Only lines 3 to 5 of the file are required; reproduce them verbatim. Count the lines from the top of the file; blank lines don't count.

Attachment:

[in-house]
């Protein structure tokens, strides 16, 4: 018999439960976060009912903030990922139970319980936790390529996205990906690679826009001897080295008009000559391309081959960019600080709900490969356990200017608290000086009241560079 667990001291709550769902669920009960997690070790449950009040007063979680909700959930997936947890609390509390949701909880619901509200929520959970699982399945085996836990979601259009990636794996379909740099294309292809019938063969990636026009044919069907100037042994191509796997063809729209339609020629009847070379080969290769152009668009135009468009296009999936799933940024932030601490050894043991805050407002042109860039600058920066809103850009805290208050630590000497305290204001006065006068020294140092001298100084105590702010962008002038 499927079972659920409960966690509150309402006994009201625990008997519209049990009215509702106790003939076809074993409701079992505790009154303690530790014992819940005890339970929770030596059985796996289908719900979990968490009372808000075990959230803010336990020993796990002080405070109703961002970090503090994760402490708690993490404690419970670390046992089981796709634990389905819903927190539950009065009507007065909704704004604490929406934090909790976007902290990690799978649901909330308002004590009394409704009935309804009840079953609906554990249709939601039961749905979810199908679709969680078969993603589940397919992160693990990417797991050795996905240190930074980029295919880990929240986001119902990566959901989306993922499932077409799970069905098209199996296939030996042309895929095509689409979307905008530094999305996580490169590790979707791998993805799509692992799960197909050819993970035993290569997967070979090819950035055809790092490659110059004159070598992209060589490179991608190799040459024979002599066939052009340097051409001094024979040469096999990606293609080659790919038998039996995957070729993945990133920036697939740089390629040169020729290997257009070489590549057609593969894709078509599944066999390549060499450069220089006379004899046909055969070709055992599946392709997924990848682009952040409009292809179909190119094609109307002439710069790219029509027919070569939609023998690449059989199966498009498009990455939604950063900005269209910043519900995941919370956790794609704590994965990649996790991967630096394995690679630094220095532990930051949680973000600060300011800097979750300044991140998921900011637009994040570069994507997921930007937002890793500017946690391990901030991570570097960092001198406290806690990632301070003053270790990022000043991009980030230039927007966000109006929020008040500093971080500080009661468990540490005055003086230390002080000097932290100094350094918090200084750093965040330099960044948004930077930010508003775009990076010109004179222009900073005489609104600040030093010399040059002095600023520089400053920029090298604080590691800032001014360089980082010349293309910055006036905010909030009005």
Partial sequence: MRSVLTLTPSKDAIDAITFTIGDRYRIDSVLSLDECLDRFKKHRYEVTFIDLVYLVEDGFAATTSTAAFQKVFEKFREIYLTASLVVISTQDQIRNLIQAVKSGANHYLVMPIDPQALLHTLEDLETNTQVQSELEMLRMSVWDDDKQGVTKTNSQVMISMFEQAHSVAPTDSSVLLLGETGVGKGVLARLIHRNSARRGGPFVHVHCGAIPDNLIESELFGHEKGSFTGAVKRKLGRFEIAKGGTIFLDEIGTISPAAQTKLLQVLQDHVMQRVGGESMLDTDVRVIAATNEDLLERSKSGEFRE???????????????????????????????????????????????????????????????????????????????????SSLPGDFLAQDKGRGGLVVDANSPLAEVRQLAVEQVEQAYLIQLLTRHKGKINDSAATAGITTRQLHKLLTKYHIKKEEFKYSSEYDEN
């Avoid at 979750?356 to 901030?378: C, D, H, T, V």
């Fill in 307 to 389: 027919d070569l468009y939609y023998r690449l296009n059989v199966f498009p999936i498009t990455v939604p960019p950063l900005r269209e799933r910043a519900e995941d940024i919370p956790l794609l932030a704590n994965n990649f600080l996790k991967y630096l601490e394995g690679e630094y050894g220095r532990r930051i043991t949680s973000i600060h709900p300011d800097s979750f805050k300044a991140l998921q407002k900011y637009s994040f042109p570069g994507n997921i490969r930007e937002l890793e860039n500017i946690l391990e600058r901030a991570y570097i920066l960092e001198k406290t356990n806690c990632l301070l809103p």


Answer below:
Partial sequence: MRSVLTLTPSKDAIDAITFTIGDRYRIDSVLSLDECLDRFKKHRYEVTFIDLVYLVEDGFAATTSTAAFQKVFEKFREIYLTASLVVISTQDQIRNLIQAVKSGANHYLVMPIDPQALLHTLEDLETNTQVQSELEMLRMSVWDDDKQGVTKTNSQVMISMFEQAHSVAPTDSSVLLLGETGVGKGVLARLIHRNSARRGGPFVHVHCGAIPDNLIESELFGHEKGSFTGAVKRKLGRFEIAKGGTIFLDEIGTISPAAQTKLLQVLQDHVMQRVGGESMLDTDVRVIAATNEDLLERSKSGEFRE???????????????????????????????????????????????????????????????????????????????????SSLPGDFLAQDKGRGGLVVDANSPLAEVRQLAVEQVEQAYLIQLLTRHKGKINDSAATAGITTRQLHKLLTKYHIKKEEFKYSSEYDEN
């Avoid at 979750?356 to 901030?378: C, D, H, T, V």
């Fill in 307 to 389: 027919d070569l468009y939609y023998r690449l296009n059989v199966f498009p999936i498009t990455v939604p960019p950063l900005r269209e799933r910043a519900e995941d940024i919370p956790l794609l932030a704590n994965n990649f600080l996790k991967y630096l601490e394995g690679e630094y050894g220095r532990r930051i043991t949680s973000i600060h709900p300011d800097s979750f805050k300044a991140l998921q407002k900011y637009s994040f042109p570069g994507n997921i490969r930007e937002l890793e860039n500017i946690l391990e600058r901030a991570y570097i920066l960092e001198k406290t356990n806690c990632l301070l809103p």